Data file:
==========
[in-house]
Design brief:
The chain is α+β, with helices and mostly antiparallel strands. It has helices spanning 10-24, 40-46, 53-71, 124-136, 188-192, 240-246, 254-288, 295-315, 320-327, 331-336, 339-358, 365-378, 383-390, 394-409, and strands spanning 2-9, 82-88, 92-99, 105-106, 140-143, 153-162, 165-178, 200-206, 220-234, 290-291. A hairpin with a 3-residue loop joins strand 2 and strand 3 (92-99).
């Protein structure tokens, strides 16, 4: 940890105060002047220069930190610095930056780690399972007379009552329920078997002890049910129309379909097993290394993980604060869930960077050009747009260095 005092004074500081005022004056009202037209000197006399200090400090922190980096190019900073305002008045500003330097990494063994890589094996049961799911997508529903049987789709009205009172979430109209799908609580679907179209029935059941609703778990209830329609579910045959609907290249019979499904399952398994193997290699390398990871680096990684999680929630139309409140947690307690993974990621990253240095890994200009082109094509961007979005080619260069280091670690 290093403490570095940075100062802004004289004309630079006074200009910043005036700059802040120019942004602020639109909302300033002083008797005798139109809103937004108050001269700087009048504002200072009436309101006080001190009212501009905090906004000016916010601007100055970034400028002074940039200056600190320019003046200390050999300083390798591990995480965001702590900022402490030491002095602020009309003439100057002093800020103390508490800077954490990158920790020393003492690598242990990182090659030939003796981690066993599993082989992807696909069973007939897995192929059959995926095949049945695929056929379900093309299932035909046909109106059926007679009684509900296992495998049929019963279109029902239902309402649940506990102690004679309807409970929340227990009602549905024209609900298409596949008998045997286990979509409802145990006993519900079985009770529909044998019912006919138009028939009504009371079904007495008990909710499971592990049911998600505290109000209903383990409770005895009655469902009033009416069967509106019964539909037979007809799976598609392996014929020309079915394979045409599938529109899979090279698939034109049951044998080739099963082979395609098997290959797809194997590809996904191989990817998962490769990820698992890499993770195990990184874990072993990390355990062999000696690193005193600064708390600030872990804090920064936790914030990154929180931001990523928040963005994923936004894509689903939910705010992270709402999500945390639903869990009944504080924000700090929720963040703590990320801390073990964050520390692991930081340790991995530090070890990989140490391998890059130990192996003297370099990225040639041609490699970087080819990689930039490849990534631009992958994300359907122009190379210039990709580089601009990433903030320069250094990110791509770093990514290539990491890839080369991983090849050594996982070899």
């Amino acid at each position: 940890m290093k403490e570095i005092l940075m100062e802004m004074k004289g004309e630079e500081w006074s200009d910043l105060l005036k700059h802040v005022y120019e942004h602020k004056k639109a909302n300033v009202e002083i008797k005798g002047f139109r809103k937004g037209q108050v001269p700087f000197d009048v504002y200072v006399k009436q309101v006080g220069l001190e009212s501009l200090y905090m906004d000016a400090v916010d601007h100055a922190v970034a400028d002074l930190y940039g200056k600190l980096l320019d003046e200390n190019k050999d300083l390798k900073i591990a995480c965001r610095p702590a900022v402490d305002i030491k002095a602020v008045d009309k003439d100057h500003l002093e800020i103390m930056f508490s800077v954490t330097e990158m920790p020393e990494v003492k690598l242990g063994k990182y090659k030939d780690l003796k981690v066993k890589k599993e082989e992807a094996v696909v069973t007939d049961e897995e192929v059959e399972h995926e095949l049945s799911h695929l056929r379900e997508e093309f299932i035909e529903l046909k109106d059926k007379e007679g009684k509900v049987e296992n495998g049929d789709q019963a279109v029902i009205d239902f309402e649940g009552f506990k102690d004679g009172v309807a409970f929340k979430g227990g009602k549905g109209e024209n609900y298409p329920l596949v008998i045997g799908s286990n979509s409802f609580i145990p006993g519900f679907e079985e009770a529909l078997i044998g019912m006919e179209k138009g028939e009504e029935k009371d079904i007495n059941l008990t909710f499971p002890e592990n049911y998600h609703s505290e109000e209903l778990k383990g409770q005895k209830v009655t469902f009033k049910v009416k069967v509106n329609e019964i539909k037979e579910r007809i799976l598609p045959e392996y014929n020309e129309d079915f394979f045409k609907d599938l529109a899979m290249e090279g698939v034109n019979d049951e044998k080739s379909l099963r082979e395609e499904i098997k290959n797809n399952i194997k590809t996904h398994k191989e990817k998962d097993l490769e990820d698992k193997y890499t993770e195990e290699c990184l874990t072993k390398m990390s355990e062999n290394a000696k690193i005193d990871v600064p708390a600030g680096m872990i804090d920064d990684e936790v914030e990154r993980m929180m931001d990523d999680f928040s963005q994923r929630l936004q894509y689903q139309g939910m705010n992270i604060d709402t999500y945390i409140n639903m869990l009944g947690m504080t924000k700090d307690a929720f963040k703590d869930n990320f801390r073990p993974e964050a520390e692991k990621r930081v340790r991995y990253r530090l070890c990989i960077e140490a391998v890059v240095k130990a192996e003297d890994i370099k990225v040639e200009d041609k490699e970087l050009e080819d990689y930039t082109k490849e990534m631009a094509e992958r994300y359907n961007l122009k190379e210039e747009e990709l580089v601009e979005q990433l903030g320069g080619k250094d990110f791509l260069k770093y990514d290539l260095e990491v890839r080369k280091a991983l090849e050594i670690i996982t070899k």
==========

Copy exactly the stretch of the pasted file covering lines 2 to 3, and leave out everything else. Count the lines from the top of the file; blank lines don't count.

Design brief:
The chain is α+β, with helices and mostly antiparallel strands. It has helices spanning 10-24, 40-46, 53-71, 124-136, 188-192, 240-246, 254-288, 295-315, 320-327, 331-336, 339-358, 365-378, 383-390, 394-409, and strands spanning 2-9, 82-88, 92-99, 105-106, 140-143, 153-162, 165-178, 200-206, 220-234, 290-291. A hairpin with a 3-residue loop joins strand 2 and strand 3 (92-99).